Colorado’s Medicaid numbers aren’t surging as fast as predicted amid COVID-fueled joblessness, but the program’s administrators aren’t relaxing yet, since federal decisions and the economy’s unpredictable trajectory could still force them to come up with additional funding.
So far, the increase has been more modest, but it’s difficult to predict the trajectory only one month into the fiscal year, said Kim Bimestefer, HCPF’s executive director. The number of people enrolled in Medicaid in Colorado increased by about 100,000 from February to mid-August, topping 1.3 million.
There hasn’t been a large increase in people buying insurance through the marketplace, either. About 159,000 people had coverage through plans they bought on the marketplace as of the end of July, which is about 18,000 more than were enrolled at the same time in 2019, said Monica Caballeros, spokeswoman for Connect for Health Colorado.
Most of that growth came from the special enrollment period from late March through the end of April, she said. People who lose a job can buy coverage through the marketplace, but they have to do it within 60 days of losing their old health insurance.
HCPF has since revised its estimate to predict 427,000 people in Colorado could enroll in Medicaid by the end of next June. But, Bimestefer said, the department might need to raise that number again if a second virus surge causes more layoffs, parents have to drop out of the workforce to supervise at-home learning, or the federal government extends a policy of allowing more people to stay on Medicaid.
The department is working with the Office of State Budget Planning to project how much it might cost to cover newly eligible people under different scenarios, she said.
The federal Centers for Medicare and Medicaid Services declared a public health emergency in March, preventing states from removing anyone from Medicaid until Oct. 25. That means HCPF isn’t conducting the annual reviews to determine if a household isn’t eligible for coverage anymore because they increased their income or moved out-of-state, Bimestefer said. By October, they estimate about 200,000 people will be up for review, though most probably will still be eligible because incomes usually don’t increase during a recession, she said.
Medicaid, a joint federal and state program, is the largest source of health insurance in the United States, providing coverage — along with the Children’s Health Insurance Program — to more than 72.5 million Americans of limited means, according to the federal government.
Why are numbers lower than expected?
Colorado’s lower-than-expected enrollment numbers could reflect people dealing with more pressing issues first, said Adam Fox, director of strategic engagement at the Colorado Consumer Health Initiative.
“Many of them are focused on keeping a roof over their heads or keeping food on the table,” he said.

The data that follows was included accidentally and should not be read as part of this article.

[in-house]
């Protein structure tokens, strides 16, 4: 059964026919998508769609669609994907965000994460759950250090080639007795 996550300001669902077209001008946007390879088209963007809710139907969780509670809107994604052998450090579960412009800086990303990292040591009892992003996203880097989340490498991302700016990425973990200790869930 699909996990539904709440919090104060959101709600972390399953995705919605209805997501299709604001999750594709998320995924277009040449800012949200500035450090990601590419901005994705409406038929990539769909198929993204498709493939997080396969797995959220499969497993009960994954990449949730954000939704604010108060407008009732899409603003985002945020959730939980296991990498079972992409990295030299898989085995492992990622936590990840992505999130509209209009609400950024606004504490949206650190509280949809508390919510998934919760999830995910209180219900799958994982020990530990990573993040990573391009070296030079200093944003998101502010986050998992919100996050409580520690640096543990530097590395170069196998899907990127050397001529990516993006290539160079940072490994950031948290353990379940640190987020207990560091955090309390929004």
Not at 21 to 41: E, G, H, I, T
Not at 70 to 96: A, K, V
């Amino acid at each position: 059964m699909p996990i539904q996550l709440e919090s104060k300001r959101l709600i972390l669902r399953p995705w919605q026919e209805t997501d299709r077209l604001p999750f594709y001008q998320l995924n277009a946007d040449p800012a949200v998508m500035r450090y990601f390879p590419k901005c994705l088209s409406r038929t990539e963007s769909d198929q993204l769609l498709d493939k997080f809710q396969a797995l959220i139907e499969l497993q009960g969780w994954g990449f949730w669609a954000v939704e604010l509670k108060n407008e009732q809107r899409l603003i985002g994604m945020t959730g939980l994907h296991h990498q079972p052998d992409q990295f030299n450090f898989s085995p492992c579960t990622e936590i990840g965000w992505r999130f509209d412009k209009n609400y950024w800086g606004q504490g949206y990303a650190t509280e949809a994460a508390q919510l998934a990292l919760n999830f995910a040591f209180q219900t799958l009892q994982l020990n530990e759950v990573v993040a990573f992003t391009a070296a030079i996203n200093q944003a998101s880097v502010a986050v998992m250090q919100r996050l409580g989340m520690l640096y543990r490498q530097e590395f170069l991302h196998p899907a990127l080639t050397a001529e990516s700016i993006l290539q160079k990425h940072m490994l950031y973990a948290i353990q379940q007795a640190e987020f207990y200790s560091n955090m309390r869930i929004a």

Some people also may expect they’ll be hired back or find a new job quickly, Bimesteffer said. If the job market remains difficult for a prolonged time, more of those people may decide to find out if they qualify for Medicaid, she said.
A survey of unemployed people conducted with the Colorado Department of Labor and Employment found about one-fifth of those who didn’t have insurance planned to apply for Medicaid, Bimesteffer said. About 46% said they planned to stay uninsured, which is especially concerning now, because people without insurance tend to delay care due to fear of the financial consequences, she said.
“That’s not OK during a pandemic,” she said.
It’s possible that people don’t realize they qualify for Medicaid, Fox said. The program calculates eligibility on a monthly basis, so people who previously earned too much might qualify if they haven’t been able to find another job, he said. A single adult who isn’t pregnant can earn up to $1,415 per month, and a family of four can make up to $2,904. Children and pregnant adults may be eligible for a different state-run program, even if their income is higher than those cutoffs.
Concerns about enrollment surge
If a surge in enrollment does come, the impact on hospital finances would be substantial, said Emily Johnson, director of policy analysis at the Colorado Health Institute. The difference between what Medicaid pays and what most commercial insurance plans pay for the same care would mean a substantially larger hit to hospital revenues than any of the payment changes posed in the legislature this year, she said
“That dwarfed the financial impact of those other proposals” in projections, she said.
The federal portion of the Medicaid budget increased from 50% to 56.5%, which has helped absorb some of the state’s costs, Johnson said. Still, they’ll likely have to put off rate increases for providers or new benefits like expanded addiction treatment if the number of members increases substantially, she said.
The impact on patients seeking care looks like it could be less severe, however, Johnson said. Providers they interviewed felt prepared to take on more patients covered by Medicaid, and were more concerned people would continue to put off non-emergency care, she said.
“Even the providers who aren’t super worried about the Medicaid surge are worried about the decrease in demand for services,” she said.